Fouth, Defrag. Ok I understand SSDs do not, at all, need to be defraged. But if we don't run a scheduled defrag, this is a pointless operation right? I use Auslogics Defrag and can just select which drive to defrag and/or optimize... Would this option "uncheck" by default the SSD?

    Fifth, System Restore. I like restore. It's a great safety net, so I don't want to disable it. At the same time, I don't want it taking up SSD space. Why can't I set it to save backups on my HDDs?? There's a ton of room there. If anyone knows how to do that I'm all ears!

    Sixth, Superfetch and Prefetch. I don't really know what superfetch does. Apparently it "caches files used often" so does that mean it kind of preloads them or something? This seems similar to the Indexing argument. Prefetch, on the other hand, seems like something completely unrelated to SSD. In fact, Prefetch would appear to put more data on the SSD. I can only understand disabling this if you're running a system with a low amount of RAM (say 2gb). I currently have 8gb so I'm guessing this isn't in any way a benefit right? In fact, it's more of a detriment to SSD wear. Plus, isn't RAM still faster than an SSD?
  4. I could be wrong but I believe the newest Intel drivers support TRIM on SSDs even if they ARE in the array, could be wrong though.

    2nd and 3rd I believe your answers to your questions are correct, but don't have any concrete evidence.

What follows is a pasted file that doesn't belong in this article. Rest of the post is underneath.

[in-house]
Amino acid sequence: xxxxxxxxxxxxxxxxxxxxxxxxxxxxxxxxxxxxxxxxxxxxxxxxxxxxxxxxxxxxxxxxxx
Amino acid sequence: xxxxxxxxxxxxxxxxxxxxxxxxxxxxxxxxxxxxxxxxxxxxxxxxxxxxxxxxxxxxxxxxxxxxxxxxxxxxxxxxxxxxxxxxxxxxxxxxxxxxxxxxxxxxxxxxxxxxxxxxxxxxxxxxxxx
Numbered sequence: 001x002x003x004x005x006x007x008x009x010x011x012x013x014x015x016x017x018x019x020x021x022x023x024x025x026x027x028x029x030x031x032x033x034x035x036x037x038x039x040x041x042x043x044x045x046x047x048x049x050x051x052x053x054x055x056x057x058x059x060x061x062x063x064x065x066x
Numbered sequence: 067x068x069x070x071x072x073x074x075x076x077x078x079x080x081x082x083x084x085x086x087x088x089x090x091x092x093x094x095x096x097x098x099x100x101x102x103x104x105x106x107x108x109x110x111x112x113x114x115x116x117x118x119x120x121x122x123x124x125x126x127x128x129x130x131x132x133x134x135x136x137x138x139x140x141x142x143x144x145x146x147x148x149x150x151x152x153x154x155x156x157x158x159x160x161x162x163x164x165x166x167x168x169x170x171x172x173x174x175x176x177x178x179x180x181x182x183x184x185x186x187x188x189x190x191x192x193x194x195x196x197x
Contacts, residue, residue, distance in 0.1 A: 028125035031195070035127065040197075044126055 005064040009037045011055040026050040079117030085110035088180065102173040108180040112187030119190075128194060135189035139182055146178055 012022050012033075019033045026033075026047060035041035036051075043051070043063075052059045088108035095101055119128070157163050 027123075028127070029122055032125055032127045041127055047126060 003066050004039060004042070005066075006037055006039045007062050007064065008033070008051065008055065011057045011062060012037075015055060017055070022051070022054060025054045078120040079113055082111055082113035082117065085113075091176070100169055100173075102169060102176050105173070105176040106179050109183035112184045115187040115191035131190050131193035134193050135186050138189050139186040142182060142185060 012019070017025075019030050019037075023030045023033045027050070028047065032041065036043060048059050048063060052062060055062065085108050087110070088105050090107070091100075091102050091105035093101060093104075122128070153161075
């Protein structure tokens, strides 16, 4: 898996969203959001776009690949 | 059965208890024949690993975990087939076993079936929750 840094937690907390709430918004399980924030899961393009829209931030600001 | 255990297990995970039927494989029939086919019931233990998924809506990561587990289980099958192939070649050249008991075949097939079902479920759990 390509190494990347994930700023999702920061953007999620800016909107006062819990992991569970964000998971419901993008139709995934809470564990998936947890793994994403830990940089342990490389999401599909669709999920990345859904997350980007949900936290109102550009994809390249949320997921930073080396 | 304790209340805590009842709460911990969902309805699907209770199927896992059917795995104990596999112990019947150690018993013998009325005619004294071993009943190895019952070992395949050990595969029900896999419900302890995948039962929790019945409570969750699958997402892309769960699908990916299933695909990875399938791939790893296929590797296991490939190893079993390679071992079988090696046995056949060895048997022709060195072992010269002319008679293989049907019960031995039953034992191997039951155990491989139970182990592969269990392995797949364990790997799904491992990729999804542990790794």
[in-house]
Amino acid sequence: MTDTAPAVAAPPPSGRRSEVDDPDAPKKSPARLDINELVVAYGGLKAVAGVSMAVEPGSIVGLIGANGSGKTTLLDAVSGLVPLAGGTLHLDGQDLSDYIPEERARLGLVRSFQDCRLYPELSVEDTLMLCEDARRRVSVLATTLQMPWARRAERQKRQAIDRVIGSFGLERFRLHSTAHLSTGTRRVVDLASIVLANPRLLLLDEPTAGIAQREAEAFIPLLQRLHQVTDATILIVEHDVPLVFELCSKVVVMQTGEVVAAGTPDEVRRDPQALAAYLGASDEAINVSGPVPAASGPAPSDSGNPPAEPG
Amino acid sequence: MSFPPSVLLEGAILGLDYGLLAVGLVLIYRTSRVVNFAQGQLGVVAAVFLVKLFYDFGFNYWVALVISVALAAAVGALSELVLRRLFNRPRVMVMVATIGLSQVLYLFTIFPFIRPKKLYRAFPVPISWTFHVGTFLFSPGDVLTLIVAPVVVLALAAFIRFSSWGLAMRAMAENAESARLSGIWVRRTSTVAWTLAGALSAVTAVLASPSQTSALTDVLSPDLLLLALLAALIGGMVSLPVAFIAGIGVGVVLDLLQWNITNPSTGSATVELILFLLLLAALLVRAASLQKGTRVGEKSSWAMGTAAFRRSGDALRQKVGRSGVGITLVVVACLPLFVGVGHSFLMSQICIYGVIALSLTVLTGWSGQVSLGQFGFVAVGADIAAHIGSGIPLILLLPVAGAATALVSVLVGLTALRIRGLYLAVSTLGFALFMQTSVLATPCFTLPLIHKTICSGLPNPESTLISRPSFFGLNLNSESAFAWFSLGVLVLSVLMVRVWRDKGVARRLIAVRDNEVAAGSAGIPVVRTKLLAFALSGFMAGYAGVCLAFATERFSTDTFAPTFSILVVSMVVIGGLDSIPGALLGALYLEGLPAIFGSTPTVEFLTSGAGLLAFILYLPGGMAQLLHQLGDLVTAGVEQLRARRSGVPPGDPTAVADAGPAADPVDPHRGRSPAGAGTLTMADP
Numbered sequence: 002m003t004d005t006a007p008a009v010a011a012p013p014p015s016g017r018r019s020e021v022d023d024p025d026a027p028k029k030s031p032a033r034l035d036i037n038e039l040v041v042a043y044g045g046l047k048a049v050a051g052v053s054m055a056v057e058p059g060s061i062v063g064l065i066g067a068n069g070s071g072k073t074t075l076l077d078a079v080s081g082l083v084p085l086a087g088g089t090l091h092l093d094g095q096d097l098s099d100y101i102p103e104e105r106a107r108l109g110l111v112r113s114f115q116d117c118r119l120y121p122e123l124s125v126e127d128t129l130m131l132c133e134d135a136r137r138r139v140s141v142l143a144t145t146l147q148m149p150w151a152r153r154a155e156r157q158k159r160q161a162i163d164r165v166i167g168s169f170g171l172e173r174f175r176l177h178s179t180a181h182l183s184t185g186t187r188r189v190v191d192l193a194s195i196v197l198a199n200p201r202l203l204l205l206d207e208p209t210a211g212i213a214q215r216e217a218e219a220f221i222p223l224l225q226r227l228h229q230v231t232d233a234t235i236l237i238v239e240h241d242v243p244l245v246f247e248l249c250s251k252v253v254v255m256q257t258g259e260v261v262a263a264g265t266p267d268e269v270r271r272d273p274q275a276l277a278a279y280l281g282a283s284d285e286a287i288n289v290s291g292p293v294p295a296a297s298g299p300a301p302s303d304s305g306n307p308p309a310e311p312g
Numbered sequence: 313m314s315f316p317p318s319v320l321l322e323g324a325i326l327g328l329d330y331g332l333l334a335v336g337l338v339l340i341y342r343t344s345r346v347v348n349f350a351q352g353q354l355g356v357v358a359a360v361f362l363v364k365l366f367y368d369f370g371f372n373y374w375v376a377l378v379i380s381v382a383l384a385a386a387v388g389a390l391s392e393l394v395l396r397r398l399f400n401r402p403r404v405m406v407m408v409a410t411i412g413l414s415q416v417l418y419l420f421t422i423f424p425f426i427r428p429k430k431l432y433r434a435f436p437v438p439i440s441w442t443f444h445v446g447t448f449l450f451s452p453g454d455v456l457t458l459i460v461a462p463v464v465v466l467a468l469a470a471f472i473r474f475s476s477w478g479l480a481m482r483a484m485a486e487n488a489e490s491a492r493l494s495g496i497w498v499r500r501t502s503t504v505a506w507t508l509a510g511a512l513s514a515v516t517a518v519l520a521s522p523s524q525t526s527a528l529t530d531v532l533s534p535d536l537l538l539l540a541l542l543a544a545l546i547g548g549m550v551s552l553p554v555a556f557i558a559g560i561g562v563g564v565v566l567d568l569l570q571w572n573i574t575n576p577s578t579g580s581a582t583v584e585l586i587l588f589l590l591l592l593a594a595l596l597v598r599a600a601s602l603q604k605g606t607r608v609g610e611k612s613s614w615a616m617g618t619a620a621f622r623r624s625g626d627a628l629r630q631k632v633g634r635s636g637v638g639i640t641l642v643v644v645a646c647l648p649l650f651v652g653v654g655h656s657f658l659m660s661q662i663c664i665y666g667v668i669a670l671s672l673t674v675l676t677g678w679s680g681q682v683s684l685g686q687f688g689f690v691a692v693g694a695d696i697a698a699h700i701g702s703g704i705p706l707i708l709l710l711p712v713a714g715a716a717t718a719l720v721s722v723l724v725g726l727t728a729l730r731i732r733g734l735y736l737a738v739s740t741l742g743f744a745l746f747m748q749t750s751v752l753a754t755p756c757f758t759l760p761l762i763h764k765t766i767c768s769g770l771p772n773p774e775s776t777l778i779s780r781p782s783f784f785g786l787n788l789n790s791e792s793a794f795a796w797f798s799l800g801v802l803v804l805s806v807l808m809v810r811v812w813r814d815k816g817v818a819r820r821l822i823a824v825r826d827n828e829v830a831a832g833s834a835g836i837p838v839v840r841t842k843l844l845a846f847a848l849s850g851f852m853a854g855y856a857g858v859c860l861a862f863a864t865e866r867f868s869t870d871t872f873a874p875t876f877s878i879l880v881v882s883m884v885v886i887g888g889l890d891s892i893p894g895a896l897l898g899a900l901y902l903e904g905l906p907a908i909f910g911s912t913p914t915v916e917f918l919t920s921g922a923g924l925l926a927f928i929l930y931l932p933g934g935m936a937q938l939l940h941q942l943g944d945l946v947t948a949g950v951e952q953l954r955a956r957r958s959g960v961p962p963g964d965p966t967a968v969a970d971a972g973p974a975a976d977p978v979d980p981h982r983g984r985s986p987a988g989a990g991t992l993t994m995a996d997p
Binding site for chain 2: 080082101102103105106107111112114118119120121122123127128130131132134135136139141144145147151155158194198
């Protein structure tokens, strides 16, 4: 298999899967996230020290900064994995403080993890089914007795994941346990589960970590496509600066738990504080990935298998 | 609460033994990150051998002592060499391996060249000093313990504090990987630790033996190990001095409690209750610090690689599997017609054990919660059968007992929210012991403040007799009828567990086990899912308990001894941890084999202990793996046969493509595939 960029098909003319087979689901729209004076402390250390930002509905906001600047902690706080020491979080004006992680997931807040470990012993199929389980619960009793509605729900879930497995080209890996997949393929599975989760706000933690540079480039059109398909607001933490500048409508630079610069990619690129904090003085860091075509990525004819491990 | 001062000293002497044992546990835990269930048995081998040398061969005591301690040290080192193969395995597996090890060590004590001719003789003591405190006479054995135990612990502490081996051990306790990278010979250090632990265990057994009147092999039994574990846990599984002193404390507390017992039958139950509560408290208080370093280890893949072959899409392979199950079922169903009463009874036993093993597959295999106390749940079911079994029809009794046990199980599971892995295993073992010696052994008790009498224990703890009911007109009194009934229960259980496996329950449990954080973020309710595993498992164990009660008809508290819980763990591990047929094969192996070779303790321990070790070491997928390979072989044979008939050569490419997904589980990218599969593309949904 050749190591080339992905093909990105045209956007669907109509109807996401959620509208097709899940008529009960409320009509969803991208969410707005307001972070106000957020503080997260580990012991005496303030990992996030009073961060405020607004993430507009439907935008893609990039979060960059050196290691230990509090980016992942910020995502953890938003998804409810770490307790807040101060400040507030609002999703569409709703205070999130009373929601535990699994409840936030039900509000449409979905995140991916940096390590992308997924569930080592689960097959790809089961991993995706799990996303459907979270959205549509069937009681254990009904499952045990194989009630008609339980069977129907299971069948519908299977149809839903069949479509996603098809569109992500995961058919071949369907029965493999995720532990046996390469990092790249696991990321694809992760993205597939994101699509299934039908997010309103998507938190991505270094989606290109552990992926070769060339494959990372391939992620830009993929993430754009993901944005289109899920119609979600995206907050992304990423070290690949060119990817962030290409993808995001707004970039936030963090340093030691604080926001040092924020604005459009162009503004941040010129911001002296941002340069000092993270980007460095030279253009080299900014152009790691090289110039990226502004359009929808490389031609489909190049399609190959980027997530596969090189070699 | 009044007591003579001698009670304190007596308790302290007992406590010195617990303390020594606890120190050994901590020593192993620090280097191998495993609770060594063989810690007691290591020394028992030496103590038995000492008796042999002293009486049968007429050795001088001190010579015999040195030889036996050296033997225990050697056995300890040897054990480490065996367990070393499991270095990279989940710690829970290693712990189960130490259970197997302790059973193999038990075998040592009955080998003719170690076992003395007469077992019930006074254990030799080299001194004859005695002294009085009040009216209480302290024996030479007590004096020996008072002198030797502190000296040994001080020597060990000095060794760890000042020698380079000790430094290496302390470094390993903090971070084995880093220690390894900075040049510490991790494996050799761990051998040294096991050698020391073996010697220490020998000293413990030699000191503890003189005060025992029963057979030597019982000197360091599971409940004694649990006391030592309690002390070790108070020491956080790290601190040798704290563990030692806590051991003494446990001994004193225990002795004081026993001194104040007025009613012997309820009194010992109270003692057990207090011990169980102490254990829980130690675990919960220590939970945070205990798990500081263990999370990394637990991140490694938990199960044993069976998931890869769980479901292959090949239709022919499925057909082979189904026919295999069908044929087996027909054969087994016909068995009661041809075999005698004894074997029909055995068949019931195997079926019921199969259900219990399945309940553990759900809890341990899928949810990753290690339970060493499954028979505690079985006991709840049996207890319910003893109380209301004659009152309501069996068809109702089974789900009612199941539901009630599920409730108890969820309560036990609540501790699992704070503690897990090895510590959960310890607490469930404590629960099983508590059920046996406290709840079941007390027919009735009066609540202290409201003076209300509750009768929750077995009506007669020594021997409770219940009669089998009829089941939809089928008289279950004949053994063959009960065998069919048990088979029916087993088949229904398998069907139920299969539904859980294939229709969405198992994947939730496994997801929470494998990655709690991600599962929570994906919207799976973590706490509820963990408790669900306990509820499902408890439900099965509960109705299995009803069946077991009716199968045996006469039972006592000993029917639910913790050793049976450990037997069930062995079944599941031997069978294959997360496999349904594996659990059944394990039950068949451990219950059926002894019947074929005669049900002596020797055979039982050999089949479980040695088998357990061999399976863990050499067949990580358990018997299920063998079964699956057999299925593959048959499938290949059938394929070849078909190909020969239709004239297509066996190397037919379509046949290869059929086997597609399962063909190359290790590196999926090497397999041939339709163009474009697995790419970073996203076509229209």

4th, I don't quite understand your question.

    5th, System restore points have to be on the drive that their "protecting". If you back up properly you shouldn't really need it however, and backing up your SSD onto one of your other HDDs automatically every day shouldn't be too hard if you want to. And I know it's a pain, but

    To the OP. I would do what the 1st guys recommended. You can then go into your new install of Windows on your SSD and move all of your "library folder" locations back to your HDD so they don't take up all the space on your SSD. Move the Downloads, My Documents, My Pictures, etc.

    for example
  5. ^thanks mgrzTX. I'm going to make my own thread now with a few more questions instead of hijacking this one haha.
  6. @ wolfram:
    I did exactly as u did with my OCZ vertex2 (installing a 2nd OS while keeping 2 x 1TB HDDs in raid 0 connected), the boot time was faster than with the HDDs but less than what I expected, then I read somewhere that as long as the 'system reserved' partition on the HDDs then it'll slow startup, since it is needed in the process! I have yet to test this , but this could be the one of reasons why most ppl recommend disconnecting other drives!
  7. @avatar_raq, I made a new thread on it, but yeah I think so too. Funny thing is after reinstalling without the HDDs, when I plugged them in that "system reserved" partition was visible. I simply hid it, as it's only 100mb - I think w/o a format I can't get that space back. On the plus side it seems to be faster now, although the shutdown slowed down after adding the HDDs back in.
  8. Best answer selected by jijoslin.